Polyethyleneimine-induced Flocculation and Flotation of Cyanobacterium Anabaena Flosaquae for Gas Vesicle Production
Gas vesicles are hollow, proteinaceous structures found in some strains of cyanobacteria. They have been used to increase the oxygen supply and improve the cultivation of shear-sensitive mammalian cells. However, the production and, especially, collection of cells and gas vesicles were laborious and ineffective. In this study we examined the use of the cationic polymer, polyethyleneimine (PEI), for improving the cell harvesting by flocculation and flotation. PEI was examined to determine the appropriate molecular weight, pH range, and dosage. The dose of 20–30 mg/l of PEI with molecular weight of 25,000 in the pH range of 6.0–8.5 was found to provide effective and efficient cell flocculation and flotation. As the PEI dose increased, the rate of flotation increased but the clearance (collection) efficacy declined slightly. The culture samples used in this study were taken from light-limiting continuous culture systems at different dilution rates (0.05–0.24 h−1). Without PEI addition, the cells at dilution rates lower than 0.1 h did not float while those at higher dilution rates would float slowly. With PEI addition, the flocculated cells at the dilution rate of 0.05 h−1 sank and those of higher dilution rates would float and the flotation rate increased with increasing specific growth rate. Nonetheless, PEI flocculation and flotation (or sedimentation) could be used to harvest cells at a wide range of growth states.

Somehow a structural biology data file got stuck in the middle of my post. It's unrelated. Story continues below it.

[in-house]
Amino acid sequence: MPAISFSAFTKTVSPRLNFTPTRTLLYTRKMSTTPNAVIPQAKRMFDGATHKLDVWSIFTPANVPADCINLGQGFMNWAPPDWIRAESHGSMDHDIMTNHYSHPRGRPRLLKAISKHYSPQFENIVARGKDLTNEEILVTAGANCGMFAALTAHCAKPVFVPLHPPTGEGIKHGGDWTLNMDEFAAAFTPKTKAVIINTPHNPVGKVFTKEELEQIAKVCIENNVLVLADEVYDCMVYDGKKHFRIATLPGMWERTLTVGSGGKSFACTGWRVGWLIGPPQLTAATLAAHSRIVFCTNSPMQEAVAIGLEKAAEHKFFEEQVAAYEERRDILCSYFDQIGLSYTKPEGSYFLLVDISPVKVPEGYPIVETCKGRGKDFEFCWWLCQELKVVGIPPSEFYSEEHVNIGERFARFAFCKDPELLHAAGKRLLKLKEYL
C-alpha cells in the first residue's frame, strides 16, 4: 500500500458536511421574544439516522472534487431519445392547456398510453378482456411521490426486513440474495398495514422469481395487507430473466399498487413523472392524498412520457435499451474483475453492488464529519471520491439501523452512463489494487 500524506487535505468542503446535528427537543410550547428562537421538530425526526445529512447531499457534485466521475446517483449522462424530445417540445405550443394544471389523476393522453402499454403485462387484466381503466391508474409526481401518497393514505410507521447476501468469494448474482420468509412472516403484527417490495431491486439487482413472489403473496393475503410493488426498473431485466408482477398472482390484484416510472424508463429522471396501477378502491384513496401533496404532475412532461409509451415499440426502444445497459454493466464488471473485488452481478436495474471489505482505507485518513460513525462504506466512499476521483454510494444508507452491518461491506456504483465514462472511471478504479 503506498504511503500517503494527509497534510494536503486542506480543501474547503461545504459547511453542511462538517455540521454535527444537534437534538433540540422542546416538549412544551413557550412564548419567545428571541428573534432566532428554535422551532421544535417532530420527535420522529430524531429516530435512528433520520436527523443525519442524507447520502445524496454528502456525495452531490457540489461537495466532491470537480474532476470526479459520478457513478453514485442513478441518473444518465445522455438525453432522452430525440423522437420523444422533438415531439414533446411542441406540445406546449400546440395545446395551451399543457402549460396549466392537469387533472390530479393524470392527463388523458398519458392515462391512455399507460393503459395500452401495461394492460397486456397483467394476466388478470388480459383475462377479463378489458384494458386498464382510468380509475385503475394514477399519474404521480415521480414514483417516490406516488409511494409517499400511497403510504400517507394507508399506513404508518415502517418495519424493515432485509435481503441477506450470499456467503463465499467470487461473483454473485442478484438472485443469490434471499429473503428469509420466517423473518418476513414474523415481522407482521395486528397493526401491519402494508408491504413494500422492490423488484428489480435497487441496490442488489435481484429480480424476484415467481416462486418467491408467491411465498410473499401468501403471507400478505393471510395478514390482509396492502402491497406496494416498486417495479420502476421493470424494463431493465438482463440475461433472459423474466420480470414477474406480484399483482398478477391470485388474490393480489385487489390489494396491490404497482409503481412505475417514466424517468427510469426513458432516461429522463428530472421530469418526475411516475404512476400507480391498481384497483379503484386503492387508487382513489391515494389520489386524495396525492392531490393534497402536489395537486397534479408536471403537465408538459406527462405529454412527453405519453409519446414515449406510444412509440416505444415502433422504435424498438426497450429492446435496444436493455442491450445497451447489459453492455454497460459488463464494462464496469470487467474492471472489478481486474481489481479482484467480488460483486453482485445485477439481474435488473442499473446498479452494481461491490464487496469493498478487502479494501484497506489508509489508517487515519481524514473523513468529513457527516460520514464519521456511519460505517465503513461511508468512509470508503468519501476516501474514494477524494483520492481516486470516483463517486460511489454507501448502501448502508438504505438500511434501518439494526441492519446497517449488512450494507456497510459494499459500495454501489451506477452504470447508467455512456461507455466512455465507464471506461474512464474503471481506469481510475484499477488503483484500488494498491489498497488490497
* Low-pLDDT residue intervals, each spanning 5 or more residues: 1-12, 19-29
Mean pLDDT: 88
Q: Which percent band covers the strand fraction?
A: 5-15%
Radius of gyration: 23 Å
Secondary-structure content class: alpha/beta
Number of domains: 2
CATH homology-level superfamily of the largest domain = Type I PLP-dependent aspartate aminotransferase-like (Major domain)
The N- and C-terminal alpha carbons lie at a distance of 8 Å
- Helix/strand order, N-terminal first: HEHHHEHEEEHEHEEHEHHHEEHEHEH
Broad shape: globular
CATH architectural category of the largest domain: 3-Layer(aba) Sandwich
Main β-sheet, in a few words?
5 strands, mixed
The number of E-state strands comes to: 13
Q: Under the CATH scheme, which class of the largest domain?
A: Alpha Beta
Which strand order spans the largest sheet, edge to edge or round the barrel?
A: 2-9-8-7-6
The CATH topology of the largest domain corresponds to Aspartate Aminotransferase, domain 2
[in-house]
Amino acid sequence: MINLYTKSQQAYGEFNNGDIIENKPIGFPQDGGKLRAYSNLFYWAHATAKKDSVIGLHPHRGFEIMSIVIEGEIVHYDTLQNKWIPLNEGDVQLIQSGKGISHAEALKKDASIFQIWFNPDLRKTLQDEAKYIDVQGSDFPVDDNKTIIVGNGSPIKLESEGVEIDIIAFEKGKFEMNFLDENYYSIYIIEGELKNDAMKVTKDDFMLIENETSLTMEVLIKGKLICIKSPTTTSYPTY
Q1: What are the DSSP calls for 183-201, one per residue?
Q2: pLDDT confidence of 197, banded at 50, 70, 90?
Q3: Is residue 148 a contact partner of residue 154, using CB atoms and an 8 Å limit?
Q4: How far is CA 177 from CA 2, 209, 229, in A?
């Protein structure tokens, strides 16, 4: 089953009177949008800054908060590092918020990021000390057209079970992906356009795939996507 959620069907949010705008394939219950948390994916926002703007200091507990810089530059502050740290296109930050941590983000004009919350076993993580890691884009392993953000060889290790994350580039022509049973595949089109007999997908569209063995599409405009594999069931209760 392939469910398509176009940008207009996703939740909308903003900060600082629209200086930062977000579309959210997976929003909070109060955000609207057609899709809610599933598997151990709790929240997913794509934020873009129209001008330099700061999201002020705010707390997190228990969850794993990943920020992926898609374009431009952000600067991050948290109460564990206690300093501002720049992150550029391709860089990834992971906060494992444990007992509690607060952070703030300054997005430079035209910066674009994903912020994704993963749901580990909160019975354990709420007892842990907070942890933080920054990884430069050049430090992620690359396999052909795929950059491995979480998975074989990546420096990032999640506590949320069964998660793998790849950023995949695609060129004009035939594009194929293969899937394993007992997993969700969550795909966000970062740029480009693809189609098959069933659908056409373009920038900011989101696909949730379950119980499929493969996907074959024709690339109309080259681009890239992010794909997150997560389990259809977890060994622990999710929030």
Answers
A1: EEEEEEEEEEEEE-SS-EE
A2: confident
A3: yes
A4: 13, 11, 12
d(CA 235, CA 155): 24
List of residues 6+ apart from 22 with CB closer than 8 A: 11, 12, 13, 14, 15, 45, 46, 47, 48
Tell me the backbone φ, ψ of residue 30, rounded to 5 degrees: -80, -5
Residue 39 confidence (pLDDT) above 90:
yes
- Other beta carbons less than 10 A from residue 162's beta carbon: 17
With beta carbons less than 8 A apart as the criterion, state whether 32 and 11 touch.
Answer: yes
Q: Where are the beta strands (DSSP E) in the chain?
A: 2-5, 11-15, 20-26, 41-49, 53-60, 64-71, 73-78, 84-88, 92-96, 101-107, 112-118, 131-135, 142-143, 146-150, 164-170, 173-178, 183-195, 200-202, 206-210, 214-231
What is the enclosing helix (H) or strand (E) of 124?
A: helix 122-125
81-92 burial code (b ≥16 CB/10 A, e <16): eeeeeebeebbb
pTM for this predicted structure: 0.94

Ju, Lu-Kwang, "Polyethyleneimine-induced Flocculation and Flotation of Cyanobacterium Anabaena Flosaquae for Gas Vesicle Production" (2002). Chemical and Biomolecular Engineering Faculty Research. 97.